While music streaming is becoming a hot topic, there is still a high demand and following in SiriusXM. However, SiriusXM currently settled a small copyright fiasco that is going to set them back $210 million. The dilemma may also prove a problem for music streaming companies in the future.
Before 1972, songs didn't really have a form of copyright attached to them. Once the popularity of radio took off, and people began using music in films, TV shows and for commercials, it was apparent that copyright would need to be applied to songs as well. States have granted copyright to these songs but not everyone was following the rules and playing fair.
This takes us to documents filed this week with the SEC against SiriusXM for playing those pre-'72 songs without paying out royalties or buying licenses. Instead of fighting through the courts on who's right and who's wrong, SiriusXM recognized the issue at hand and has agreed to pay out $210 million to record labels, settling the dispute.
Major record labels currently own the rights to about 80 percent of the pre-1972 music SiriusXM plays, so the settlement takes care of the majority of the problems. Still a lingering issue is the class-action lawsuit that is ongoing, filed by The Turtles, a 1960s band. The lawsuit was filed in 2013 and has yet to be resolved, however Florida has already thrown the suit out. The Turtles have also sued Pandora in 2014 and are currently seeking more targets to acquire.
As far as the multi-million dollar settlement, SiriusXM will be able to play the songs in question until 2017, at which time they will enter negotiations for a new five-year deal through 2022.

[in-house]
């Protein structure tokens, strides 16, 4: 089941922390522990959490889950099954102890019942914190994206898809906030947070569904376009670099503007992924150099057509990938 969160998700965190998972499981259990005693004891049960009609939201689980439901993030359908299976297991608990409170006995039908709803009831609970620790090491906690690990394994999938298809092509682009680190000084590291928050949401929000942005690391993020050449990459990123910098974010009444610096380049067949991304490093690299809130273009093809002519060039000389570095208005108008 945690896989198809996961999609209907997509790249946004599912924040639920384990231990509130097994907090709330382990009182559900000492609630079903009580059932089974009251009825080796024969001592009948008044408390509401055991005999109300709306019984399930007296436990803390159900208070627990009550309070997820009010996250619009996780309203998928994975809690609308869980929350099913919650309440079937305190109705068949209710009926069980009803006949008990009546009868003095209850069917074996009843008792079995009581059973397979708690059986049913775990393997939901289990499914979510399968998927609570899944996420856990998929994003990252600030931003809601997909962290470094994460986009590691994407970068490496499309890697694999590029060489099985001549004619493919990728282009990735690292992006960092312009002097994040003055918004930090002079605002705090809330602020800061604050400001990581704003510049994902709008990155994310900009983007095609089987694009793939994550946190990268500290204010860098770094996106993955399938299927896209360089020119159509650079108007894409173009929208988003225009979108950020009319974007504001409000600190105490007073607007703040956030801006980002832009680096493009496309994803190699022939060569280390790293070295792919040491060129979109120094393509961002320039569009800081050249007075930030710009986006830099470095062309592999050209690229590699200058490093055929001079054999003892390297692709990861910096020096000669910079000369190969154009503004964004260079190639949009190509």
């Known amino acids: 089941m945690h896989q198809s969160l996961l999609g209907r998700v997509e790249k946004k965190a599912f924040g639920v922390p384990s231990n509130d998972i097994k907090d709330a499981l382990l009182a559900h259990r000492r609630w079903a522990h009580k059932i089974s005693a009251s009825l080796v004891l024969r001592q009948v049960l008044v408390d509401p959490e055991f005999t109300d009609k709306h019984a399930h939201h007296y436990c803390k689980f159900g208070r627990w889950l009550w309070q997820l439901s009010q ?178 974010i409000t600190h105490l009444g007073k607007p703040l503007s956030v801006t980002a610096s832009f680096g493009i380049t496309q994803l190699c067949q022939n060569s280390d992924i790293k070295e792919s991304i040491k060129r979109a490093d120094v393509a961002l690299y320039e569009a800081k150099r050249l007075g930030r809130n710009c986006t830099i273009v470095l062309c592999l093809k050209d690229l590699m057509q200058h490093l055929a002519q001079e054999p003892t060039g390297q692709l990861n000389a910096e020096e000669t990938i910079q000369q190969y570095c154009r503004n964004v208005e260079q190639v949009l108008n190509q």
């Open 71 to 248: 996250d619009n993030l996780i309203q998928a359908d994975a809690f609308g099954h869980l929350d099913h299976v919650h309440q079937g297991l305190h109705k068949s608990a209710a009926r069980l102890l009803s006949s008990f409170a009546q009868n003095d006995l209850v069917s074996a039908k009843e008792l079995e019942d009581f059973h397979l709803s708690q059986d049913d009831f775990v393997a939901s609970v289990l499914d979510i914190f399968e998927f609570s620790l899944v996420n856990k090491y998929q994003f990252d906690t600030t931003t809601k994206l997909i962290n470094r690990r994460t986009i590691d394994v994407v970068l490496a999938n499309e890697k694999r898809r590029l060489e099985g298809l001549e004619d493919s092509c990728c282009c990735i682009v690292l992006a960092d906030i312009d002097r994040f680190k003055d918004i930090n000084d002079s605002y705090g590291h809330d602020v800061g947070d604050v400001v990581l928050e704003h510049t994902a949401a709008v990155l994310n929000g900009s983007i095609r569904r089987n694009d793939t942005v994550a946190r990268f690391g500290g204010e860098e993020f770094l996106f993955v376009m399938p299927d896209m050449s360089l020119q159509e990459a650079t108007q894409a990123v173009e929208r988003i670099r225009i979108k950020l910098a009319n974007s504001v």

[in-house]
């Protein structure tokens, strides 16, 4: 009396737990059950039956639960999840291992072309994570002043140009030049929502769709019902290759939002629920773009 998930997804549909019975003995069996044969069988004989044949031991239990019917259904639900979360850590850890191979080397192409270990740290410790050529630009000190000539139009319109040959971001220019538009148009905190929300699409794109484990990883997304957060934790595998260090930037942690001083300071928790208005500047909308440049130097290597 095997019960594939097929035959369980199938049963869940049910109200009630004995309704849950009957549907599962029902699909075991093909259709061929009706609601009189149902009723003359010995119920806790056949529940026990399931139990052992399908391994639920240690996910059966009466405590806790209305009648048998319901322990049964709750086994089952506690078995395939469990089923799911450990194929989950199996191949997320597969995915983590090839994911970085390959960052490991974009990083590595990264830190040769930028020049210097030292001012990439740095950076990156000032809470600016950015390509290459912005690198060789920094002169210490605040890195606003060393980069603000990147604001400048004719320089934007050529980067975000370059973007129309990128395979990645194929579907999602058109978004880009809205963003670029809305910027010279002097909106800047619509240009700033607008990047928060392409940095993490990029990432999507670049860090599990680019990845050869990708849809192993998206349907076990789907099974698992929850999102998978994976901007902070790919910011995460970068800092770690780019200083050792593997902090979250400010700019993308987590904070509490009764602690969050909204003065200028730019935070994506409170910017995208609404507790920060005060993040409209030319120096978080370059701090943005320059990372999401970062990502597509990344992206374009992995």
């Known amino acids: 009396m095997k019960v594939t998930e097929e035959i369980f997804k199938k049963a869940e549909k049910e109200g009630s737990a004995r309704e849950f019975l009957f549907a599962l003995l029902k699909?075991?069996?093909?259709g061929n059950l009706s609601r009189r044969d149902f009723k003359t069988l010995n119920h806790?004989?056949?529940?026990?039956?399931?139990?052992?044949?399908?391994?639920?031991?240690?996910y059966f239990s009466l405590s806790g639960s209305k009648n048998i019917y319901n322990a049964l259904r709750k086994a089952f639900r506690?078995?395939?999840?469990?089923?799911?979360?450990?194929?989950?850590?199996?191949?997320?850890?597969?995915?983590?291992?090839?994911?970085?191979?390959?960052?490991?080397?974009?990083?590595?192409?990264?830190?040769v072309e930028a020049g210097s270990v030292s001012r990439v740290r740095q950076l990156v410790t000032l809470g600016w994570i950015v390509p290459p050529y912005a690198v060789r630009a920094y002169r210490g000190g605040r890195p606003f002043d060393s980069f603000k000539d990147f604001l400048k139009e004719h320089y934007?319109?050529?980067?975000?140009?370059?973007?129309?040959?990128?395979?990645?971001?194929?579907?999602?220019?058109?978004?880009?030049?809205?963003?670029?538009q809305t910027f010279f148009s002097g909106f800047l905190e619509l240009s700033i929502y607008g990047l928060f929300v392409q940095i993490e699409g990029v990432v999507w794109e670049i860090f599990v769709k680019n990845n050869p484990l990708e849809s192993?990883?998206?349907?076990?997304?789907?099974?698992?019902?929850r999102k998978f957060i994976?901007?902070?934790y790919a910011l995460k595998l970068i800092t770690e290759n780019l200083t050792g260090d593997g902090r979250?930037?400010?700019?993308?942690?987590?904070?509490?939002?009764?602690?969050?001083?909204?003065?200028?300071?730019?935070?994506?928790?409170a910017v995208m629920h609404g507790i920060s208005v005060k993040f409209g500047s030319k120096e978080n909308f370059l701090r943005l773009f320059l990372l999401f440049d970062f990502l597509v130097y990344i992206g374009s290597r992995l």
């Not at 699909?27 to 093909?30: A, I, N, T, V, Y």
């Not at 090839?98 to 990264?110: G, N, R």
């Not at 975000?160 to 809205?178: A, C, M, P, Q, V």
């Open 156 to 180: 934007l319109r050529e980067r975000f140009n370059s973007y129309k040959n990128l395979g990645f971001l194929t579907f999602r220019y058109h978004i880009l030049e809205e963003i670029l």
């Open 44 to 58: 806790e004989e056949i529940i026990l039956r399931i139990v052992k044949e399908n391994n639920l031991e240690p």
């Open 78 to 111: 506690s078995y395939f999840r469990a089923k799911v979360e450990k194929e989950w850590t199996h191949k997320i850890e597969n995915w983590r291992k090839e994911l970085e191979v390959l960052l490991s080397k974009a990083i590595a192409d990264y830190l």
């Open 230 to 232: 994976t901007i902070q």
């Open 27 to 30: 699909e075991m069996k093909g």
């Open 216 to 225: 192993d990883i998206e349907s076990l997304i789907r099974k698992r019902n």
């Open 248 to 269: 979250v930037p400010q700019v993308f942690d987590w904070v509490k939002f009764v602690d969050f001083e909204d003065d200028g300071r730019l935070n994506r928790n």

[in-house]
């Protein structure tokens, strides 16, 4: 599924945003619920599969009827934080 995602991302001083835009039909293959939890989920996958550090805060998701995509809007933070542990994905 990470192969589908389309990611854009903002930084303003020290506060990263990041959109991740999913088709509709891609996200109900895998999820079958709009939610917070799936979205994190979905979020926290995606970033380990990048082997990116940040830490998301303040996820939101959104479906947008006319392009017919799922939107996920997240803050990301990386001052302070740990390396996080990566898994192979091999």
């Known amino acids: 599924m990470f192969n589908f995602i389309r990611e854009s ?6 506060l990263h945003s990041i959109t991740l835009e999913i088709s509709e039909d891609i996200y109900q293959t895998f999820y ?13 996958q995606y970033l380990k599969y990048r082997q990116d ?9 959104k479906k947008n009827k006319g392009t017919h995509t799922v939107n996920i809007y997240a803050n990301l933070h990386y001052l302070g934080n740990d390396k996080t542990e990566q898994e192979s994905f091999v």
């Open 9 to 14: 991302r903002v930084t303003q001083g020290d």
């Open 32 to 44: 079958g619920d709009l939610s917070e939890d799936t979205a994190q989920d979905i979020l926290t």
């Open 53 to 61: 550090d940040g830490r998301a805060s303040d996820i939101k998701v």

The Recording Industry Association of America is obviously happy about the ruling, but for once I can't say I disagree with them. CEO Cary Sherman said, "This is a great step forward for all music creators. Music has tremendous value, whether it was made in 1970 or 2015. We hope others take note of this important agreement and follow SiriusXM's example."
When Apple announced the rebranded Beats Music, now called Apple Music, a few weeks ago, they made a lot of waves announcing that the first 3 months would be free for all users. The problem for Apple was the waves were not all positive. In fact, very few of the talks surrounding the announcement was positive. Most tech sites and even Apple fans were pretty unimpressed with the rebranding, as well as the majority of the announcements that day.
Those who were least impressed, however, were musicians who were to have their music on the platform. As it turns out, Apple's genius idea for how to support a full quarter without revenue was to pass every penny on to the artists. That meant that for 3 whole months, artists were going to make absolutely no money from Apple. With Apple's plans to damage the plays from other services, this meant that artists were actually going to be hurt overall, rather than helped.
Taylor Swift, you remember her, wrote an open letter to Apple, complaining about the policy. Apple responded quickly by changing their policy and offering as much as 2 cents per listen. That is a lot of money, and certainly more than could have been decided upon in the short window between the letter and the decision. After Apple's reversal, Taylor Swift came out of her streaming isolation and announced that her most recent album would be available on Apple Music.
The natural line to be drawn here is that the initial policy was not true and that Swift's "open letter" was likely penned by Apple themselves, with Swift being paid to publish it. The result of the letter being published is that Swift looks tough on bullies, yet remains "America's sweetheart" and Apple looks like they are giving fans and artists what they want; everyone wins. Except, potentially consumers, who might be upset about what appears to be a paid publicity stunt to promote an exclusive streaming deal.
The Attorneys General of New York and Connecticut are crying fowl, launching an investigation into whether or not Apple is pressuring artists and music groups to sign exclusivity deals. In addition to the Swift announcement, which she ensures is not exclusive to Apple but is currently exclusive to Apple, other artists, including Pharrell, have announced Apple Music exclusivity deals. Unless Apple is offering A LOT of money, which could be possible, though not probable, or threatening the artists or music groups with overall delisting, exclusive deals like these don't make sense.